Deciding What To Speak About On Shabbat

As I began to contemplate appropriate topics for my Shabbat sermon last week, it felt like that the world was feeding new and urgent things for us to worry about almost every day.

Brexit, the imminent (now accomplished) restoration of diplomatic relations between Israel and Turkey, followed closely by the carnage at the Ataturk Airport in Istanbul, ongoing problems with the arrogance of Israel’s Chief Rabbinate… There are some weeks when it feels like nothing of any import is happening in the world, and others when a variety of topics seem to compete loudly for more serious attention and further thought. Where if not in synagogue can leaders of our spiritual communities address the issues that most impact us?

But there is also the equal and opposite compelling voice of the “person in the pew,” who comes to synagogue on Shabbat to find peace of mind and spiritual solace, and for whom the discussion of difficult topical issues either political or spiritual is harsh on his/her soul. “Teach Torah,” those voices say. As it is, they would say paraphrasing the Wordsworth sonnet, “the world is too much with us.” We are so overwhelmed by news, unrelenting and usually worrisome news coming at us 24/7, that Shabbat takes on additional meaning for us of sanctuary from the noise of imminent danger. Synagogue should be a place of calm not of roiling unrest.

Who is right?

Being a Jew, and a professional Jew at that, I’ll give you the most traditional Jewish answer. They’re both right, and both wrong, all at the same time.

I have friends in the rabbinate who tell me that, in their congregations, there are strict rules against addressing political topics in sermons. It is simply not acceptable to speak to “the issues of the day” in a manner that smacks of any kind of partisan politics, regardless of which way the inevitable tilt might manifest itself. Shabbat and holiday mornings are for prayer and study, and not for opining from the pulpit about controversial issues, no matter how pressing.

And then there are other colleagues who are renowned for their political outspokenness, facing the great issues of the day head on, damn the torpedoes. They may not go as far as some clergy in the African American community, who actually endorse candidates from the pulpit in their churches (I’ve never understood how they do that without jeopardizing their 510C3 status as a tax-exempt organization), but it’s clear whom they are supporting and which candidates are the targets of their derision.

I have always felt, and I feel it more than ever in this critical political season when so much of what is happening in this country and the world is unprecedented and terrifying, that a rabbi who abandon’s his/her “prophetic voice” in synagogue is derelict in his duty.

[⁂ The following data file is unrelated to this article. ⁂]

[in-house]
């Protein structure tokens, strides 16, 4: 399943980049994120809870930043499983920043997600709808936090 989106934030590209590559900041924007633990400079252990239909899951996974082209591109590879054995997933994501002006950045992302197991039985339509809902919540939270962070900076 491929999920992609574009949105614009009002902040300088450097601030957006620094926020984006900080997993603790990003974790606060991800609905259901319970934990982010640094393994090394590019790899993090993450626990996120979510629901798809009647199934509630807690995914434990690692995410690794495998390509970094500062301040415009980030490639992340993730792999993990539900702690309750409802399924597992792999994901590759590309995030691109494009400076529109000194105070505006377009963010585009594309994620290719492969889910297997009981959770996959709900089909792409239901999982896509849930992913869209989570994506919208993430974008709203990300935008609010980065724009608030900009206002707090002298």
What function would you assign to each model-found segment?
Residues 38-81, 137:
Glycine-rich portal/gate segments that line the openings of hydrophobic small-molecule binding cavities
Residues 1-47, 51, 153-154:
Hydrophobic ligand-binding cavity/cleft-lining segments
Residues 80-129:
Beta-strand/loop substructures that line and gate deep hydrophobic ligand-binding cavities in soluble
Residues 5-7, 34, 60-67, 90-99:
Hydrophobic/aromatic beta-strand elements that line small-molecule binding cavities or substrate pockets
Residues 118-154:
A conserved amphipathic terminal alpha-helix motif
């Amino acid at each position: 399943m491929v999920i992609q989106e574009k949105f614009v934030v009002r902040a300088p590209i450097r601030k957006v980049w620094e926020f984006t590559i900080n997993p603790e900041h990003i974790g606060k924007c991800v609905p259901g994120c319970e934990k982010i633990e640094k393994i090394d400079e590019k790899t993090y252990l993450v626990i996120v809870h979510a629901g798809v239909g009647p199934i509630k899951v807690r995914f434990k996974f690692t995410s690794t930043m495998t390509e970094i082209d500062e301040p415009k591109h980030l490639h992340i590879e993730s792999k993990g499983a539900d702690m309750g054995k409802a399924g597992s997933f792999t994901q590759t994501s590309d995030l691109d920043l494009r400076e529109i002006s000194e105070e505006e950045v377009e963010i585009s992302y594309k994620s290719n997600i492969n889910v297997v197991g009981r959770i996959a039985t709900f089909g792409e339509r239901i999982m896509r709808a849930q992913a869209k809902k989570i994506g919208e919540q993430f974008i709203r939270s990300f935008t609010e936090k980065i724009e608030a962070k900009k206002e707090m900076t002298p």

The reason why a rabbi has a right to the pulpit is first and foremost of course to teach Torah, but one of the critical ways in which a rabbi teaches Torah is by refracting and reframing the great issues of the day through a Torah lens. To get up on the pulpit and sprout opinions about political issues without that refraction is an abuse of the office, and besides, there are surely others in the congregation who might be just as qualified to give a learned opinion on political matters as the rabbi, perhaps even more so. But if someone is pandering for votes by playing fast and loose with the truth, or using language to demean and belittle opponents as opposed to differ with them, or spewing fear and distrust based on racist ideas, then a rabbi must feel obliged to speak out and bring the truths of Judaism into the broader marketplace of ideas. Separating religion and state does not mean that religious ideas have no role to play in how we see the world. It means that the government cannot force the ideas of one particular religion onto all citizens. There is a world of difference between the two.

I am always aware of the patterns of the subjects I choose to address from the pulpit. If I present one or two sermons in a row that touch on political issues, I am likely to consciously choose to stay away from any political subject for the following week or two. People do indeed need respite. But I cannot imagine feeling hamstrung to avoid political issues at all costs. That is to limit the scope of Torah, which is exactly the opposite goal that we should be striving for.

Rabbi Gerald C. Skolnik is the spiritual leader of the Forest Hills Jewish Center in Queens.

About the Author
Rabbi Gerald C. Skolnik is the Rabbi Emeritus of the Forest Hills Jewish Center in Queens.